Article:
DH reveals full detail of 2013/14 GP contract deal

GPs face huge swings in income after the DH confirmed today it will press ahead with sweeping GMS contract reforms that will axe MPIG from 2014 and impose a range of new work.

Jeremy Hunt: pressing ahead with GMS contract reforms
Jeremy Hunt: pressing ahead with GMS contract reforms

GMS contract changes that will take effect from April appear largely unchanged from proposals set out in a consultation earlier this year.

MPIG top ups to core pay will be phased out over seven years from 2014, and this funding will be redistributed through practices' global sum payments. Accountants and senior GPs have warned that the move could trigger six-figure swings in GP practice income.

The DH announced last week that it would increase GMS funding by 1.32% in 2013/14, despite advice from the independent Doctors and Dentists Review Body that general practice should be awarded a 2.29% rise.

Practices will receive an additional element of funding as part of plans to make them responsible for paying employers' superannuation contributions for locums. This will take the total increase practices receive to 1.47%, the DH has said.

The DH response to the consultation on GMS contract changes says the funding will be 'distributed to practices through increasing global sum equivalent payments' - suggesting all practices are likely to benefit equally.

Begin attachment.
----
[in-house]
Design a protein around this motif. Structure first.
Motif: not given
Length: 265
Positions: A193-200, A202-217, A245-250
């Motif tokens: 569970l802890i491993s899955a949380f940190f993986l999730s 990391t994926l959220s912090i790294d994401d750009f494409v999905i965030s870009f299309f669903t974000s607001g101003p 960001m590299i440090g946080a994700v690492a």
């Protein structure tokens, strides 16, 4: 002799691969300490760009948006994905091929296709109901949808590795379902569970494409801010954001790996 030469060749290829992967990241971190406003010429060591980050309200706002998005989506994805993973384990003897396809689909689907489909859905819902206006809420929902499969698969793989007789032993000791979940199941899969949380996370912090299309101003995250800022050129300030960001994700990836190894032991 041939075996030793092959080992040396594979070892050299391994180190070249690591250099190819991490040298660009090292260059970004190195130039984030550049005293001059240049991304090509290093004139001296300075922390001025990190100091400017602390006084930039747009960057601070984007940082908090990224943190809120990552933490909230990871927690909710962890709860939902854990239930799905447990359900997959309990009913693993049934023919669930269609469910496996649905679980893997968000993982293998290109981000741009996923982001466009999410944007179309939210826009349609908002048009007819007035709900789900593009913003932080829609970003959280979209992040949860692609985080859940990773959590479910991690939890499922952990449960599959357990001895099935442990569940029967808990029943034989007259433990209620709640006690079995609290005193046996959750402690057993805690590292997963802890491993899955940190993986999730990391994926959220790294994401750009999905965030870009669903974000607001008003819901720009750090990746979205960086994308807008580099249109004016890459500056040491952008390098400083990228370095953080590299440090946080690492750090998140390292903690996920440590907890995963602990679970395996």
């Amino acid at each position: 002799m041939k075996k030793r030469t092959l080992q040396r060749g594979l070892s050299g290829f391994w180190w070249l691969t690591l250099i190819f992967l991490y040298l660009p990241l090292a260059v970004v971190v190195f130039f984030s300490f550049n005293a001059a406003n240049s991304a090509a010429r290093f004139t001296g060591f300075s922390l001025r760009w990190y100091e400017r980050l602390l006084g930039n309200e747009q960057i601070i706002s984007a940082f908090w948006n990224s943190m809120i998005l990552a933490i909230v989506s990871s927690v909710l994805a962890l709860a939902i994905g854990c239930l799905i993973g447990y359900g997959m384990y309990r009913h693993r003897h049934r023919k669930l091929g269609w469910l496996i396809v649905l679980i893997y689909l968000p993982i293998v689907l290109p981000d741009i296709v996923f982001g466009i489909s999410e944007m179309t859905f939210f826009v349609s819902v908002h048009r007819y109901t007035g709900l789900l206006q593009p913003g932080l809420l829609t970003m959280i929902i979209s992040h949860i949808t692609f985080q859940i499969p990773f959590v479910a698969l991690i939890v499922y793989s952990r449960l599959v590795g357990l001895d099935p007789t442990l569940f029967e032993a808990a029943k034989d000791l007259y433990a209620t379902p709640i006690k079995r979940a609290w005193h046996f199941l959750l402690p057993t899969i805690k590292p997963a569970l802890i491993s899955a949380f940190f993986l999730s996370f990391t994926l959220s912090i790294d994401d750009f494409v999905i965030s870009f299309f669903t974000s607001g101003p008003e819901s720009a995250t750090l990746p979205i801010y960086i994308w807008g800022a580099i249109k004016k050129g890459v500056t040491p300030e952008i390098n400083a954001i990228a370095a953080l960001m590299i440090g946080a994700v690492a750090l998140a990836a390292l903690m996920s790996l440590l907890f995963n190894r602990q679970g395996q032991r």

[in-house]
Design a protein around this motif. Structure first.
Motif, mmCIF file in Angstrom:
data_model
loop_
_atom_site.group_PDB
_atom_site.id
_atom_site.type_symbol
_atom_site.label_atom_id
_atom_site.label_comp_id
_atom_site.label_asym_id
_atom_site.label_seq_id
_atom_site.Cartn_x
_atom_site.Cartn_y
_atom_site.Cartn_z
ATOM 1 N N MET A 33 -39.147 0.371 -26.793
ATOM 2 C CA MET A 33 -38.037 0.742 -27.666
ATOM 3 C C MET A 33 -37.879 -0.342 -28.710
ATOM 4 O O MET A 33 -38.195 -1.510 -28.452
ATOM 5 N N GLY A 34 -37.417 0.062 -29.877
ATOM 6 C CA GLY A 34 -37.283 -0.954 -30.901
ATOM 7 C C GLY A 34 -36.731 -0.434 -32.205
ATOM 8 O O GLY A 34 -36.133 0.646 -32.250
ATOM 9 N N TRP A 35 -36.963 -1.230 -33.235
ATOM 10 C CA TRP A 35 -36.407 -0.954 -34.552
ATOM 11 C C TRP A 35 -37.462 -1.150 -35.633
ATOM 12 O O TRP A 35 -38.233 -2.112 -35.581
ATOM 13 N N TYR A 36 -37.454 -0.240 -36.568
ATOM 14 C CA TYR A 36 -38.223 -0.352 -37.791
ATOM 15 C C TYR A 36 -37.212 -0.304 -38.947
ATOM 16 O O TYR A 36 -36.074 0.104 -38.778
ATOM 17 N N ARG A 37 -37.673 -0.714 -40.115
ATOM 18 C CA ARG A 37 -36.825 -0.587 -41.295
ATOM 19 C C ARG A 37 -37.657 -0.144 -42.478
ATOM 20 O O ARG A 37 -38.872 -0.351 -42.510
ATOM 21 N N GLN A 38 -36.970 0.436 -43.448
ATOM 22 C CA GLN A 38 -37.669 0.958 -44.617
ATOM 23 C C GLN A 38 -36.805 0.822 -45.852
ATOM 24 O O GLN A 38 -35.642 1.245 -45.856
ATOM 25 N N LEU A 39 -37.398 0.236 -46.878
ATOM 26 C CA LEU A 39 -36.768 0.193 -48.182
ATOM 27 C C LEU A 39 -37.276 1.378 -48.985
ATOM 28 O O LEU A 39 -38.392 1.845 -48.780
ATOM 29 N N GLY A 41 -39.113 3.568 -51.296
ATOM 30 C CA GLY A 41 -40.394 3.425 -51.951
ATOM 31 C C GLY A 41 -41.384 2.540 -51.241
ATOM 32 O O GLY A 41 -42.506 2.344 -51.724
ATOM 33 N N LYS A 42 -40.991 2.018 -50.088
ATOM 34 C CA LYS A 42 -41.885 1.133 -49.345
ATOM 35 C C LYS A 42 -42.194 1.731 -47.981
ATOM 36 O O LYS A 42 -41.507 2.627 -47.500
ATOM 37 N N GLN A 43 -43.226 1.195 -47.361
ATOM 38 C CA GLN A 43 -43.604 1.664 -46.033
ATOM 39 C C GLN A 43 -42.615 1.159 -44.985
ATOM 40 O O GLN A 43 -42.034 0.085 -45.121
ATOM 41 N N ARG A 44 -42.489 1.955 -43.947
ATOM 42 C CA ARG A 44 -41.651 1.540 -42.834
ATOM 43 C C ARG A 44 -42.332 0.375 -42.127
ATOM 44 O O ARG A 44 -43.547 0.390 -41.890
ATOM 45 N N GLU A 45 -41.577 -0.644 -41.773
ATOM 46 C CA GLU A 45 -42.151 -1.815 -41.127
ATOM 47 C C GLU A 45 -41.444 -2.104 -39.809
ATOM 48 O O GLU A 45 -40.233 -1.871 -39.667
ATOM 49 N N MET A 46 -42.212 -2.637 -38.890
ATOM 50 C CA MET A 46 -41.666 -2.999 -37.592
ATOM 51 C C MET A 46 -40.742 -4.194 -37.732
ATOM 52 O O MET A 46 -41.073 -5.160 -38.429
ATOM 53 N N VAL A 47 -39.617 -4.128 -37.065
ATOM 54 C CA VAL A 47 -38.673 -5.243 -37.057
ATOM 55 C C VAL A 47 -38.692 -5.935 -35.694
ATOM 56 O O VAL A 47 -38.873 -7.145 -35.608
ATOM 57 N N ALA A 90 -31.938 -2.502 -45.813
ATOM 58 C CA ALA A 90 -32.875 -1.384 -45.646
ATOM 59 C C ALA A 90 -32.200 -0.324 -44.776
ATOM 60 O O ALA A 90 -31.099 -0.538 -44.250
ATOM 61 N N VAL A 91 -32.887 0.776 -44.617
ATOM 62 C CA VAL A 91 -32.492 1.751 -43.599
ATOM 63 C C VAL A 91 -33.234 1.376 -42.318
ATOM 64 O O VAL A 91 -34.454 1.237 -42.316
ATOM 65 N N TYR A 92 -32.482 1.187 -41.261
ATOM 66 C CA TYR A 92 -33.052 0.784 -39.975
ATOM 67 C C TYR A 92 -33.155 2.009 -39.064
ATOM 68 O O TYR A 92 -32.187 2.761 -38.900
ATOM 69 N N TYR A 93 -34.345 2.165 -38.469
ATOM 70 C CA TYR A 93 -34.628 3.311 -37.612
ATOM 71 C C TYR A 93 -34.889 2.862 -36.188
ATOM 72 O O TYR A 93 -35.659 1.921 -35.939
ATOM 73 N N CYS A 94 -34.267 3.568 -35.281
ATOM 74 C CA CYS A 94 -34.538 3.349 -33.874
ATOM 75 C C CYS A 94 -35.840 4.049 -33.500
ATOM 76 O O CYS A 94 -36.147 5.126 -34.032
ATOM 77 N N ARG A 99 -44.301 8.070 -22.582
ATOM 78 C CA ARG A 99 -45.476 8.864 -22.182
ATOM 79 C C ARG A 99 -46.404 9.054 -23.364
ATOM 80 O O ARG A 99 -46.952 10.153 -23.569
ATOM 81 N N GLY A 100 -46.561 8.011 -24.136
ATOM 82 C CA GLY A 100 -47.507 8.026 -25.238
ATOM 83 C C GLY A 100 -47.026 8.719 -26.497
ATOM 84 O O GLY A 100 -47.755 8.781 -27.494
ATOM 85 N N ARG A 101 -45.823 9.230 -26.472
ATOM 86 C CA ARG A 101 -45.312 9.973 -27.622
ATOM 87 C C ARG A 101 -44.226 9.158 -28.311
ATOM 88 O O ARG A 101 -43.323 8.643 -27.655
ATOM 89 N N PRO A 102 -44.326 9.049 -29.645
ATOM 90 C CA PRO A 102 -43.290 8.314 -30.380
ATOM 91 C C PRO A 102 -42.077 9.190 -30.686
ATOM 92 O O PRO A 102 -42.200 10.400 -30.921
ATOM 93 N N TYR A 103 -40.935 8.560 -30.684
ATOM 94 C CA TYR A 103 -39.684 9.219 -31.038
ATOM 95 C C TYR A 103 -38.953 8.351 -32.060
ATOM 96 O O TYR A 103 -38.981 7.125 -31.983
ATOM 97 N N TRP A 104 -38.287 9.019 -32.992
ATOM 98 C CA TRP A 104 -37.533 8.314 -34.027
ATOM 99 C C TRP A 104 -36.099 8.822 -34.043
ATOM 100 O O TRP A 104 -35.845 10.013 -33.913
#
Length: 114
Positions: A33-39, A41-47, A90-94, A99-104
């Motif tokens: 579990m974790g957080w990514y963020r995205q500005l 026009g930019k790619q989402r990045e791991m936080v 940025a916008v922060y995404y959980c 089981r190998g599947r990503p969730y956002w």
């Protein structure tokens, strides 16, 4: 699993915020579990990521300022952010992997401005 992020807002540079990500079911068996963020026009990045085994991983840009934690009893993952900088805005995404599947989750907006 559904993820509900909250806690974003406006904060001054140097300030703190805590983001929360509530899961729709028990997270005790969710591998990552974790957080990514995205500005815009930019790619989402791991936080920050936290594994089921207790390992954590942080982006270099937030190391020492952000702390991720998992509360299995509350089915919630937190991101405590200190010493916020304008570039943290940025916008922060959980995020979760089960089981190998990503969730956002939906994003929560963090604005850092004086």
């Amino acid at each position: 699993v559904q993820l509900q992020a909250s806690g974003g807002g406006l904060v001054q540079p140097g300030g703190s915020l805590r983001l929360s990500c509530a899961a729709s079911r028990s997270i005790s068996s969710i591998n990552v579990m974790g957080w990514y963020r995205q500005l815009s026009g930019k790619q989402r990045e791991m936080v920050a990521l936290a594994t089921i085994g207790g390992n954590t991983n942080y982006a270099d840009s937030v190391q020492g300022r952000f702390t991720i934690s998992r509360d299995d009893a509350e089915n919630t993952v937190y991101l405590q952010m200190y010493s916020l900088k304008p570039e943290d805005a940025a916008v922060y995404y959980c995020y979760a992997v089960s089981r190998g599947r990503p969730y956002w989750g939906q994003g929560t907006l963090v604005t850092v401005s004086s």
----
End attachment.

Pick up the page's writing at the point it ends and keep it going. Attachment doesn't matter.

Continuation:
However, in previous years funding added to global sums has led to huge variation in the degree to which practices benefit because uplifts for practices reliant on MPIG have been capped.

The DH will press ahead with plans for the largest overhaul of QOF since its inception, scrapping organisational indicators worth around £20,000 per practice and implementing the vast majority of QOF changes proposed by NICE.

Practices will still be expected to carry out the work covered by the 'retired' indicators, but will now have to fulfil four new enhanced services to earn back the £164m England-wide that they brought to general practice.

The enhanced services will cover:

  • a more proactive approach to patients who may have dementia.
  • better care management to support at-risk patients and cut hospital admissions.
  • ensuring patients can book appointments and order repeat prescriptions online.
  • arranging remote monitoring for patients with long-term conditions.

Full detail of the schemes will be published by the NHS Commissioning Board shortly.

GP leaders have warned that pressing ahead with the plans to make practices responsible for employers' superannuation payments for locums will trigger five-figure losses for some practices and skew the job market in favour of locums who have already claimed their pensions.

The DH has suggested GPs will be able to earn more funding through planned rotavirus and shingles vaccination campaigns worth £10m across England.

Health secretary Jeremy Hunt said: 'Improving care for patients has always been my priority. The GP contract needs to change to make sure the excellent care enjoyed by some patients is more consistent across the country.

'Providing better treatment for people with long-term conditions helps save lives and I know GPs will rise to the challenge to make sure standards of care in this country are world class and continuously striving to improve.

'We have listened to GPs and stakeholders and made some changes to our proposals to reflect these views and now feel we are in the right place to go forward.

'I am committed to ensuring that we improve quality of life for people with long-term conditions – and I want GPs to lead this change from within their own practices.'

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